The Manchurian Candidate, Puzzle, Citadel, Battle Royale, Audition

It’s another Bunch O’ Films episode! These movies are great! I got to 5 this time plus a short diary entry. Feel free to comment here or on twitter @rileyonfilm or @thedrpodcast

Text below is a transcript which can be seen better at

The Manchurian Candidate (1962)
This film is often listed as a “must-watch” classic. For many years I have been intrigued by it but only now have I take the time to watch. I can tell you it has great cinematic moments and indeed every film lover should see it. At the same time, it has some slow segments that a modern audience may find dull. The final 1/3 is very exciting though and certainly wort the wait.

The Manchurian Candidate (1962)
PG-13 | 2h 6min | Drama, Thriller | 24 October 1962 (USA)
The Manchurian Candidate Poster
A former prisoner of war is brainwashed as an unwitting assassin for an international Communist conspiracy.
Director: John Frankenheimer
Writers: Richard Condon (based upon a novel by), George Axelrod (screenplay)
Stars: Frank Sinatra, Laurence Harvey, Janet Leigh
Our director is John Frankenheimer. He is known for many classic and modern films before his passing in 2002. I recognized “Ronin” on is list which is one of my favorite action films. It took a skilled and visionary director to make “The Manchurian Candidate.” There are two stories running side by side and yet the overall plot must be told with subtlety and care.

Since the story is about a brainwashed puppet being used by forces hostile to the USA, the subject matter is close to home for an American. Still, it’s easy to see how this sort of thing could be happening behind our back without us knowing it. The acting is incredible along with the writing making this a definite must see for movie fans and/or fans of the actors. The fight scenes unfortunate make me laugh. This is ironic since Frank Sinatra considered it some of his best acting ever. It is in fact dated in its pace and some of the effects look fake. It was avoided by many audiences for some time after its release due to the political public response to the film. 7/10.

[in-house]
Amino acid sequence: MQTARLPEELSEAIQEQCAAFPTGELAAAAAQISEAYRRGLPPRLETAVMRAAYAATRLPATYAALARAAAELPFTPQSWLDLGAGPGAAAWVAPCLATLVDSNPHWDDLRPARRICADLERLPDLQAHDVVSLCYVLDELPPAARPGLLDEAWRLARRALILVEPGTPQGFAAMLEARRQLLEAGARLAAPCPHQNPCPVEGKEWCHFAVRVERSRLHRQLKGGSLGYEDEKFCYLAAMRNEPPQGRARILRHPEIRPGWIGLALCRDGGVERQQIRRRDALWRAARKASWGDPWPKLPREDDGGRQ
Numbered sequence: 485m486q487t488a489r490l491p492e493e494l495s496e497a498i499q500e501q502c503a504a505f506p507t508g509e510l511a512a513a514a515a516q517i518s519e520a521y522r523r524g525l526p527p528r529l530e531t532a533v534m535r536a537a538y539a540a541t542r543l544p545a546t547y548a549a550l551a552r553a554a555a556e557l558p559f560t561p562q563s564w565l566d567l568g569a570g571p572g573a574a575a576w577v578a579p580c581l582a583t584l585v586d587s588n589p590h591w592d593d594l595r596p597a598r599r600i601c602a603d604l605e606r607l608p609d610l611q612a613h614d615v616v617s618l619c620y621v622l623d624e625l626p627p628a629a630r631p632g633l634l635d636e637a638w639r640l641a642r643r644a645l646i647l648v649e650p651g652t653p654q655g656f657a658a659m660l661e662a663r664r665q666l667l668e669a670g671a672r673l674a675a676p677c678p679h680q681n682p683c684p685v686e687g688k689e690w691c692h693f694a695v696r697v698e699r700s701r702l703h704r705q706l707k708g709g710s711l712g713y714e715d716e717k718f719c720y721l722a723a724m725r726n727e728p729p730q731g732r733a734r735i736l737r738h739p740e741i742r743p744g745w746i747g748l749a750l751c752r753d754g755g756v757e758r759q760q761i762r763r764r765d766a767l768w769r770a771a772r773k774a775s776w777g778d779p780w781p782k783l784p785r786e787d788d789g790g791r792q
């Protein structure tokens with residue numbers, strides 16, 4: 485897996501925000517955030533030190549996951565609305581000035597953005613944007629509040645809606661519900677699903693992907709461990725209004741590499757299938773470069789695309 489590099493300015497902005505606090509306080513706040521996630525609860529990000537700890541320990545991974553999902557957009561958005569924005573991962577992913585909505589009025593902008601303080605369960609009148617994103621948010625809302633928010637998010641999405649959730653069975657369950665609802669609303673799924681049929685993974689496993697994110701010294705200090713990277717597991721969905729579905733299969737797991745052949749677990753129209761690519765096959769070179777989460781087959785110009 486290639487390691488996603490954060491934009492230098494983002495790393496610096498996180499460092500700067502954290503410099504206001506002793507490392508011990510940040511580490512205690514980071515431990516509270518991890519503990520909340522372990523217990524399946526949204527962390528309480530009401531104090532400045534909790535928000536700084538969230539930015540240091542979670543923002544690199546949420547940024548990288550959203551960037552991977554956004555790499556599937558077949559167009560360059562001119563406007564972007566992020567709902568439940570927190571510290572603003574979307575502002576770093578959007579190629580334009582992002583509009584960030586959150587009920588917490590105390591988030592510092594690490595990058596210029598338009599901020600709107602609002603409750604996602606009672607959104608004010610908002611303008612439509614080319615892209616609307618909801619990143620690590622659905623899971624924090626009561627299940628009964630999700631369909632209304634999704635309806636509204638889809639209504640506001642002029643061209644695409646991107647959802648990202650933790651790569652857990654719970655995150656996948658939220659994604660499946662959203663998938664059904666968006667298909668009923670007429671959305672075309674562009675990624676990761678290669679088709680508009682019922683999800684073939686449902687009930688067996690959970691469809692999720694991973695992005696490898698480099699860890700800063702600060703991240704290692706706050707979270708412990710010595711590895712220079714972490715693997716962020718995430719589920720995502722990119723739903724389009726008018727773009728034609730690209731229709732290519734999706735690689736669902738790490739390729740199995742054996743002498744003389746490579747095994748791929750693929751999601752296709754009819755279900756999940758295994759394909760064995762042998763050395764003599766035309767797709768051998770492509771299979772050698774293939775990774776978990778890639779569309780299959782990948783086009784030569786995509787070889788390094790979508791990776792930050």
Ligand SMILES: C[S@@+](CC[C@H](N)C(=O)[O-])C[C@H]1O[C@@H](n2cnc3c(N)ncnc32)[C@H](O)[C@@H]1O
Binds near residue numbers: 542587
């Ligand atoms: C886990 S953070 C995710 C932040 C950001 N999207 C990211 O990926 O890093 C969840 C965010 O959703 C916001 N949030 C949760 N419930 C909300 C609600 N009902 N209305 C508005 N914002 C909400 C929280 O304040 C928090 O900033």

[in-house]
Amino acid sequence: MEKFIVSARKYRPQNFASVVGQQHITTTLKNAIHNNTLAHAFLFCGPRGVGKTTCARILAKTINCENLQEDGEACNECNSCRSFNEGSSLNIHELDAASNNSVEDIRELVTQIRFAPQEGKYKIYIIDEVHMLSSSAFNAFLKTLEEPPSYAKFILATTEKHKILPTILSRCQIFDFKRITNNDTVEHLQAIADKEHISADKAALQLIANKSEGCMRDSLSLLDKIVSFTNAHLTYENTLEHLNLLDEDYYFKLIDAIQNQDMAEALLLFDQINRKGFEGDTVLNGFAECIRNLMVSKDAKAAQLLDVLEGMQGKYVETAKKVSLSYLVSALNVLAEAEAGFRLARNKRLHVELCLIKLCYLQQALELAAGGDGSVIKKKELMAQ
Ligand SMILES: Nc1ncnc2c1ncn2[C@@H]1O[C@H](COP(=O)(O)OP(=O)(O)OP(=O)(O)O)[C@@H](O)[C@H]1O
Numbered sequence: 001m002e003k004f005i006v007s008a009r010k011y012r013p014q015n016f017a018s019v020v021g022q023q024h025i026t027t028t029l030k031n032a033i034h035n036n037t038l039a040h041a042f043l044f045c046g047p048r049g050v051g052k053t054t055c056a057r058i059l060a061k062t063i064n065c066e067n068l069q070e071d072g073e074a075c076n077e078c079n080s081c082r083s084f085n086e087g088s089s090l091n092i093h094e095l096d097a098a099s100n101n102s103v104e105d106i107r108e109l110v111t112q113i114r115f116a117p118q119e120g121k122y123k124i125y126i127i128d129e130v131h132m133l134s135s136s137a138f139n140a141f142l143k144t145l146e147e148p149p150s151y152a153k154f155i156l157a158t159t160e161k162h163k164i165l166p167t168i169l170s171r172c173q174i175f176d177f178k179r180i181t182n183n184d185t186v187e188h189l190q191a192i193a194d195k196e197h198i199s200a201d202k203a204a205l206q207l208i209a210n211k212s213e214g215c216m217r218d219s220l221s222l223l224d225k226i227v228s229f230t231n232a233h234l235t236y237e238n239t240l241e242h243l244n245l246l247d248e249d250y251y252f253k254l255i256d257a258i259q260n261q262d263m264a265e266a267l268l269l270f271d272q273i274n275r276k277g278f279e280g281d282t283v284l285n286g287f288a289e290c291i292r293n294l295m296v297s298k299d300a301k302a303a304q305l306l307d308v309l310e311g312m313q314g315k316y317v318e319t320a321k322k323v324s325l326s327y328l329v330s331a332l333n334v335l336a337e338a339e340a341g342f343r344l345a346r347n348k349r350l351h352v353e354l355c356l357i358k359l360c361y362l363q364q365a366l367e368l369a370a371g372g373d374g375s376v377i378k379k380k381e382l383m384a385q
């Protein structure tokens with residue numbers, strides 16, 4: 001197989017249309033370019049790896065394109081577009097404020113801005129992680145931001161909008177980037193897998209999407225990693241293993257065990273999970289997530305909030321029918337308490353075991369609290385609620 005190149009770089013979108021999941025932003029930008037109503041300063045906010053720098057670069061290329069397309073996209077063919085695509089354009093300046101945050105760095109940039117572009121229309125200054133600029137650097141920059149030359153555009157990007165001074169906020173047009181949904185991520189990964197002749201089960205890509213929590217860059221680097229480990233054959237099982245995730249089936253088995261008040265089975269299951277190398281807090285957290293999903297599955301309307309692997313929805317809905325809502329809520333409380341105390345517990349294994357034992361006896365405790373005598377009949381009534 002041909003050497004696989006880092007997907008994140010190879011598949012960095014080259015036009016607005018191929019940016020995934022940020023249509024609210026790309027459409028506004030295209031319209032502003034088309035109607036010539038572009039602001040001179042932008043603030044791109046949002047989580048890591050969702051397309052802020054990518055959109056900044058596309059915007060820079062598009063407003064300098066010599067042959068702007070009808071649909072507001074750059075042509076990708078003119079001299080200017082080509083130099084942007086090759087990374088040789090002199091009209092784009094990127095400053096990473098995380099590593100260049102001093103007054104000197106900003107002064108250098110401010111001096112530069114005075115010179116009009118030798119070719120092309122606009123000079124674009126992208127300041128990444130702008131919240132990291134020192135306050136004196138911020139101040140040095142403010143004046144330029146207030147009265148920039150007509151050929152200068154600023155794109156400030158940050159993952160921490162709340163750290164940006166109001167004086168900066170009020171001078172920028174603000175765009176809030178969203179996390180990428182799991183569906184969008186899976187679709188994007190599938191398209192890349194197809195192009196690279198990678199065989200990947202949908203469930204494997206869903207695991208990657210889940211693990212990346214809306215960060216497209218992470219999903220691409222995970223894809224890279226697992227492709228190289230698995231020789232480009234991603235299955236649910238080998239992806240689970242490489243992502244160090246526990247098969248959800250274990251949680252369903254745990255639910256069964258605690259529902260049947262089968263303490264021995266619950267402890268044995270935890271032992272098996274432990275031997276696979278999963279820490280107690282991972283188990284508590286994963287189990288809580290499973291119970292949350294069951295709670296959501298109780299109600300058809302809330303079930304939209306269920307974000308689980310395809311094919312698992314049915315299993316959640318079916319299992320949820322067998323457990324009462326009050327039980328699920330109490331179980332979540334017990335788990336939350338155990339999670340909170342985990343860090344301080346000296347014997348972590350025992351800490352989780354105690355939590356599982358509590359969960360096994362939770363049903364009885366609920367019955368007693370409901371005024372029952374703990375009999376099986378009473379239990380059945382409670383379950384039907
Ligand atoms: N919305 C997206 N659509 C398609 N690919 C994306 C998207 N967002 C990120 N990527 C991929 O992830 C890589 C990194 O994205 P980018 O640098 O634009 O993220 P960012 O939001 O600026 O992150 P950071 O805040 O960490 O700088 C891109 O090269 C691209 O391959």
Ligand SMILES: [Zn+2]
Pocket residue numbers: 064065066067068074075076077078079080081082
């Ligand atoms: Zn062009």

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Before I start this review, I want to tell you I am a huge fan of Irrfan Khan. I would pay to hear him read Google searches. Having said that, I really liked this film, maybe not for what it is but for what it tried to be and almost achieved. Despite the shortcomings, this was a highly enjoyable watch (and listen).

Puzzle (2018)
R | 1h 43min | Drama | 7 September 2018 (UK)
Puzzle Poster
Trailer 2:17 | Trailer3 VIDEOS | 16 IMAGES
Watch Now
From $4.99 (SD) on Prime Video
Agnes, taken for granted as a suburban mother, discovers a passion for solving jigsaw puzzles which unexpectedly draws her into a new world – where her life unfolds in ways she could never have imagined.
Director: Marc Turtletaub
Writers: Polly Mann (screenplay by), Oren Moverman (screenplay by) | 1 more credit »
Stars: Kelly Macdonald, Irrfan Khan, David Denman
Marc Turtletaub is the director. He is known for Little Miss Sunshine (2006), Loving (2016) and Safety Not Guaranteed (2012). Wow. I’ll leave that there.

This film has a definite indy feel to it though it has that huge name from “Life of Pi.” It’s a film that shows the ascent of an invisible housewife into someone who stands up for herself. She is able to do this through the world of puzzle competitions. In truth, the context is that she learns from a handesome mentor and therein some conflict lies. This film reminds me of how many women can get stuck in dead ends. I’l close with my ration 9/10 and then the closing lines of John Steinbeck’s short story “The Chrysanthemums” that I have always found quite moving.